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Inflatable Concrete Homes: Building Faster and Cheaper

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Inflatable Concrete Homes: Building Faster and Cheaper

A New York startup called Automatic Construction pumps air into plastic fabric, then fills it with concrete—creating a house’s structure at 20% of the cost.

Novid Parsi, Utopia Contributing Editor
December 5, 2022
Automatic Construction inflatable house exterior walls
The Inflatable Flexible Factory Formwork forms the structure of a house by inflating plastic drop-stitch material before pouring concrete inside the two outer layers. Photo courtesy Automatic Construction

A couple of years ago, Alex Bell came across a type of material called drop stitch: two pieces of woven fabric joined by countless fine threads. The form can be inflated into a sturdy, rigid structure. Heard of an inflatable paddle board? That’s drop stitch.

“I looked at it and thought that’s the same formwork we use on construction job sites, but it’s not wood or plastic, it’s woven material,” Bell says.

That lightbulb moment led Bell and his business partner, Tyler Robins, to cofound Automatic Construction. Their patent-pending technique, called Inflatable Flexible Factory Formwork, inflates plastic drop-stitch material and then pours concrete inside the two outer layers, forming a house’s structure.

Bell, the company’s CEO, says his method costs just 20% of the traditional expense of installing a house’s slab, walls, roof, and waterproofing.


In an offsite factory, Automatic Construction prefabricates drop-stitch forms comprising two PVC layers that sandwich thousands of nylon threads. Each rolled-up form measures only about 1 foot high and wide and 3 feet long, and weighs just about 200 pounds. The company transports the compact package to the job site, where the form is unrolled onto gravel, filled with air, and then pumped full of concrete—creating four-inch concrete walls.

Setting up the form takes just about 10 minutes, and filling it with concrete requires two to five hours, depending on the size. “We take a process that usually requires days if not weeks of onsite labor, and we’ve taken that down to a day,” Bell says.

The form has an inner, air-filled chamber that supports the concrete as it dries and strengthens, which takes about five to seven days. That inner material then gets removed (and can be reused). 

What’s left are the home’s slab, roof, and walls, with openings for the windows and doors. The company also inserts rebar into the structure for reinforcement, though in the future it plans to perform this step in the factory. Leaving the outer PVC layer in place provides the structure’s air and water sealing, so there’s no need for house wrap.

Inflatable house ADU with man on top
For its first large-scale prototypes, the New York-based company built three ADUs of 100 to 300 square feet in the Hudson Valley area. Photo courtesy Automatic Construction

The rest of the home’s construction involves the typical process and trades: the electrical and mechanical systems, insulation, drywall, and siding. Even with that traditional labor, Bell says Automatic Construction reduces the overall construction cost by about 30%.

“The thing that’s most important to me is solving the housing productivity and affordability crisis, and that comes down to time and cost,” he says. The son of New York City real estate developers, Bell grew up hearing his father talk about the construction industry’s productivity gap compared to other industries.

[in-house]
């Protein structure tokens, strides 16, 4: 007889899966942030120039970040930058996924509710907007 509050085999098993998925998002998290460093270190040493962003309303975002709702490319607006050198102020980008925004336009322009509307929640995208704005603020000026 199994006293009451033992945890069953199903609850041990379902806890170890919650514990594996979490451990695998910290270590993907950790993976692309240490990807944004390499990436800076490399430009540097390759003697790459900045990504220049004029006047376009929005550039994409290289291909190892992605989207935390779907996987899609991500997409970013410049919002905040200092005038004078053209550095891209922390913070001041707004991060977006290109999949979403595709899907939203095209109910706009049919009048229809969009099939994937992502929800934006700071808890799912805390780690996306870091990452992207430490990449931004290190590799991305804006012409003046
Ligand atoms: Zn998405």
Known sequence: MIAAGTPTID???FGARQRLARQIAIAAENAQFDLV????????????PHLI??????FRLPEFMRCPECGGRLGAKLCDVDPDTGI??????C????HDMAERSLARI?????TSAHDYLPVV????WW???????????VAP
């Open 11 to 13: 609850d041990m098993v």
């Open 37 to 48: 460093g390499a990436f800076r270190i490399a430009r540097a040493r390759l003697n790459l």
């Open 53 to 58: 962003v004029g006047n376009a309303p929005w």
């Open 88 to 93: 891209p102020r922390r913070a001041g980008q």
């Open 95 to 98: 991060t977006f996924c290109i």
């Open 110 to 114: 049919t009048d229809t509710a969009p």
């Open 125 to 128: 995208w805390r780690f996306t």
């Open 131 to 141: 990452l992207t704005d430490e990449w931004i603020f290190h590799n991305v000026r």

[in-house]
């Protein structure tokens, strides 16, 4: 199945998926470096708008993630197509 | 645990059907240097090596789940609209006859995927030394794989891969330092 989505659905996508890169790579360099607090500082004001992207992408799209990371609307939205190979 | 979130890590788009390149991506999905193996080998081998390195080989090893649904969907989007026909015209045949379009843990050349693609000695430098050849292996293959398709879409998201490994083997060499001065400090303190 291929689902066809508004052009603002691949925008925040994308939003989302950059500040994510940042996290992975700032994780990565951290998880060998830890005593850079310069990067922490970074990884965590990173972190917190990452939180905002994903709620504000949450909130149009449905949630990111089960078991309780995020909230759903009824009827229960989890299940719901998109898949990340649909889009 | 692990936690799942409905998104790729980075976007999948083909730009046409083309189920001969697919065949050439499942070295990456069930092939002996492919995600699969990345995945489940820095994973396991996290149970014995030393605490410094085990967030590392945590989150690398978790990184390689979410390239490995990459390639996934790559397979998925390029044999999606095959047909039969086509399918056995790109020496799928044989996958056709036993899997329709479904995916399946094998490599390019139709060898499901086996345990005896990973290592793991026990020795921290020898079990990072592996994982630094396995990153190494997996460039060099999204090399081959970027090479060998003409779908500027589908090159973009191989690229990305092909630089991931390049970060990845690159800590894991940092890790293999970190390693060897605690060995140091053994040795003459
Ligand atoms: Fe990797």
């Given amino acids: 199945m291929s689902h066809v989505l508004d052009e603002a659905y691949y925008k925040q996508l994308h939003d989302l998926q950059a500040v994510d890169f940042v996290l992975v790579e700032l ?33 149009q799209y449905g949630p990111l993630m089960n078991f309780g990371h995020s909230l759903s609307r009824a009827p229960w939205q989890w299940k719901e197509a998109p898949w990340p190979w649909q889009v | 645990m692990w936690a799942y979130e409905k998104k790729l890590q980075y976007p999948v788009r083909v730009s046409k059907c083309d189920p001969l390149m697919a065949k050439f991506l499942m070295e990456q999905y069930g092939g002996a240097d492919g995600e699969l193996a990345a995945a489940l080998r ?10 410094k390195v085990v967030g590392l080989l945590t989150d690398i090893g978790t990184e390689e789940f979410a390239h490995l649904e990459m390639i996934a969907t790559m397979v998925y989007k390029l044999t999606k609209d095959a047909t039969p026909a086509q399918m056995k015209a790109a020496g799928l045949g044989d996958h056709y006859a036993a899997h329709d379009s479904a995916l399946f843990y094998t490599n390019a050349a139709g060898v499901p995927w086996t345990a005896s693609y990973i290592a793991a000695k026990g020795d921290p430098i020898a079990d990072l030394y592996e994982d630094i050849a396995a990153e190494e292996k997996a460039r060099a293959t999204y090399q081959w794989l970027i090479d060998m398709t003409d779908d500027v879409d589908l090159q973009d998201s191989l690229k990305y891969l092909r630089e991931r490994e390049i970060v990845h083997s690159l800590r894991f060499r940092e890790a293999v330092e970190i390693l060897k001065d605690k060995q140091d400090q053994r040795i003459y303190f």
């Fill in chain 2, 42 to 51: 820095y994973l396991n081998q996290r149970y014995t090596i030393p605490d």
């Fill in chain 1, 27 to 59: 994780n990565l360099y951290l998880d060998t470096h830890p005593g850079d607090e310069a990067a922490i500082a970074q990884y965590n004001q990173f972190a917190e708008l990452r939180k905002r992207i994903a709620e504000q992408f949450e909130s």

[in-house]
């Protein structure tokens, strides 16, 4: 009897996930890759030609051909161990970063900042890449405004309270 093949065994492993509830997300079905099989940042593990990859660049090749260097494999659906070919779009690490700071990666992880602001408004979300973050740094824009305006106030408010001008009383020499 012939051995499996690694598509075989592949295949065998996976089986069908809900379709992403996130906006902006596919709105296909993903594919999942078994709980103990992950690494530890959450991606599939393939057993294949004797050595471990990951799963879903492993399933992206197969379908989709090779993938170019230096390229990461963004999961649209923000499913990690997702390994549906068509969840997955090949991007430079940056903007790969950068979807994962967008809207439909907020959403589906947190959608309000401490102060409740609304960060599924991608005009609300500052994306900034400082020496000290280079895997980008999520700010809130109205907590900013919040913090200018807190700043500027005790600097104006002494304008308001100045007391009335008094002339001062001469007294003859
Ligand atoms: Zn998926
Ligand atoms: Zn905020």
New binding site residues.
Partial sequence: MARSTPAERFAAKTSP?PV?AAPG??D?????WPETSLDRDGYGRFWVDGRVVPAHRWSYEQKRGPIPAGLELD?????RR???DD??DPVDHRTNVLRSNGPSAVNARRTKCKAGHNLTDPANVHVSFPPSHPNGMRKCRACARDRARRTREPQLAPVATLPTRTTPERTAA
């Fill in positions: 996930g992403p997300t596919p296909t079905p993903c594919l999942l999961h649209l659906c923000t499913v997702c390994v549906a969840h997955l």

Offsite manufacturing helps solve the productivity challenge of building the formwork: “Our air pumps replace that labor on the jobsite,” Bell says.

As for cost: Drop-stitch fabric is “dirt cheap,” he says. Ever since Goodyear used a drop-stitch method to build its Inflatoplane in the 1950s, manufacturing the material has become less expensive and more advanced, Bell says. He points to a long history of using fabric for concrete formwork, citing organizations such as Monolithic, which uses inflatable fabric forms to construct domes. 

“Now, drop stitch is literally pennies on the yard in terms of material,” Bell says. And because it’s so lightweight, it’s also inexpensive to transport. 

Check out this short clip from Automatic Construction of the concrete filling in action:

Also, Automatic Construction doesn’t require expensive onsite robotics or time-consuming upskilling of the workforce. It uses the same concrete line pumps familiar to any contractor who works with concrete. “It intentionally fits into the ecosystem of construction,” Bell says.

To address sustainability concerns, Automatic Construction is working with concrete companies that are experimenting with more sustainable cement alternatives. And while the company currently uses PVC, Bell says his manufacturing process can work with recycled plastic and non-petroleum-based alternatives.

Almost two years ago, Automatic Construction started off by building tiny structures only about a foot high and wide. With funding from Brick & Mortar Ventures, Automatic Construction recently emerged from startup-stealth mode. For its first large-scale prototypes, the New York-based company built three ADUs of 100 to 300 square feet in the Hudson Valley area. 

By the middle of 2023, Automatic Construction aims to build its first single-family homes of 1,200 to 1,500 square feet.

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